Business Psychology

Business and psychology. Two words that rarely appear in the same sentence. Which is rather strange, considering that business psychology is the ultimate foundation for entrepreneurial success.

When you master your business psychology, you draw in more customers, improve staff performance, motivate your team and accomplish fantastic goals. Most of all, you do more meaningful work. You make a dent in the universe. And yet, for most entrepreneurs, psychology is at the bottom of the list for Today’s Important Topics.

As a business psychology expert, I know that innovative psychology applied to business strategies produces tangible, real-world success measured the only ways possible: Cold, hard bottom-line profit.

Business Psychology is an applied science that investigates how to make people and organisations more effective.  It uses social scientific research methods to study people, workplaces and organisations in order to better align their multiple and sometimes competing needs. Its goal is to create healthy and productive relationships between people and organisations for mutual benefit.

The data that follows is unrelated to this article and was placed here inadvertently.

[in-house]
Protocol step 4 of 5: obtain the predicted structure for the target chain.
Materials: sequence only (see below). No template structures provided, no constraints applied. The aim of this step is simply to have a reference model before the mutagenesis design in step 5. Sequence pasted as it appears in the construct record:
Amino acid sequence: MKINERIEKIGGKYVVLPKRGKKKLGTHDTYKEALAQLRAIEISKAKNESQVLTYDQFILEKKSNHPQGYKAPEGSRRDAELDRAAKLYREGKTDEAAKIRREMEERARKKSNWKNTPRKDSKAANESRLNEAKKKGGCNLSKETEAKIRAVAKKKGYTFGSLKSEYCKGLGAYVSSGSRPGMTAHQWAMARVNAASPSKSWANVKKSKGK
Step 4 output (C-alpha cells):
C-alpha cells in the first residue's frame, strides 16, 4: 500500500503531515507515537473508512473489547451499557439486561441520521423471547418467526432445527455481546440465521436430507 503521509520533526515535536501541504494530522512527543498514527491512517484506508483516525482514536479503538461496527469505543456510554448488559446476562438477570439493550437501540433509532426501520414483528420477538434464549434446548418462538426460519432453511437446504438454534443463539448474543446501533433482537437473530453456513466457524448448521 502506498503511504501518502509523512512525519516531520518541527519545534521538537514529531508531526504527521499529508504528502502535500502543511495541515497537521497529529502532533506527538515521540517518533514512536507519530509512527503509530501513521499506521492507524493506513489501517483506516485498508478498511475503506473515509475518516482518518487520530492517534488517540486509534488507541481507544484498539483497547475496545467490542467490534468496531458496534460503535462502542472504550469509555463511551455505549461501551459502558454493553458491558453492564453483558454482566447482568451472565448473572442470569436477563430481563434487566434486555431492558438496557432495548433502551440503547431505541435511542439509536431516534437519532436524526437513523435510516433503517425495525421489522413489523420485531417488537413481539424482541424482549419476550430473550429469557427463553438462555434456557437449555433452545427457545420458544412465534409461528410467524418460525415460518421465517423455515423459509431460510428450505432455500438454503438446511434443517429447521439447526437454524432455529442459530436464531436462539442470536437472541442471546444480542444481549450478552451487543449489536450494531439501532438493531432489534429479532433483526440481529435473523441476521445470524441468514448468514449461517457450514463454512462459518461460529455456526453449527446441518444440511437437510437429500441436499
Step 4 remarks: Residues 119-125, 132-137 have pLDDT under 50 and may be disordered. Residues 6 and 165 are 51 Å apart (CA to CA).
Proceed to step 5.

Business Psychology refers to the application of organised knowledge about human behaviour to improve personal and interpersonal satisfaction and productivity in the job. It is the systematic study of human behaviour in a work setting with the specific aim to enhance productivity, interpersonal relationships in the work setting as well as job satisfaction.

Practitioners of Business Psychology typically work in the following ways:

  • Advise - Practitioners give advice on a wide range of people issues at work – from careers to large scale organisational change.
  • Diagnose – Practitioners help organisations to better understand issues and challenges (e.g. high turnover and low engagement). They use social scientific research methods to investigate human behaviour at work.
  • Design – Practitioners design solutions to organisational challenges. For example, they might design a psychometric tool to help an organisation select better employees or an assessment exercise.
  • Deliver – Practitioners often implement solutions to organisational problems for clients. Their role is usually to facilitate a solution and not to take ownership of the problem for the client.
  • Evaluate ­– Practitioners measure the effectiveness of interventions. Demonstrating evidence of individual and organisational benefits is a core principle of Business Psychology.

TDCI's organisational development portfolio provides a variety of products and services through which organisations can increase their effectiveness and meet the challenges that the dynamic corporate environment process.

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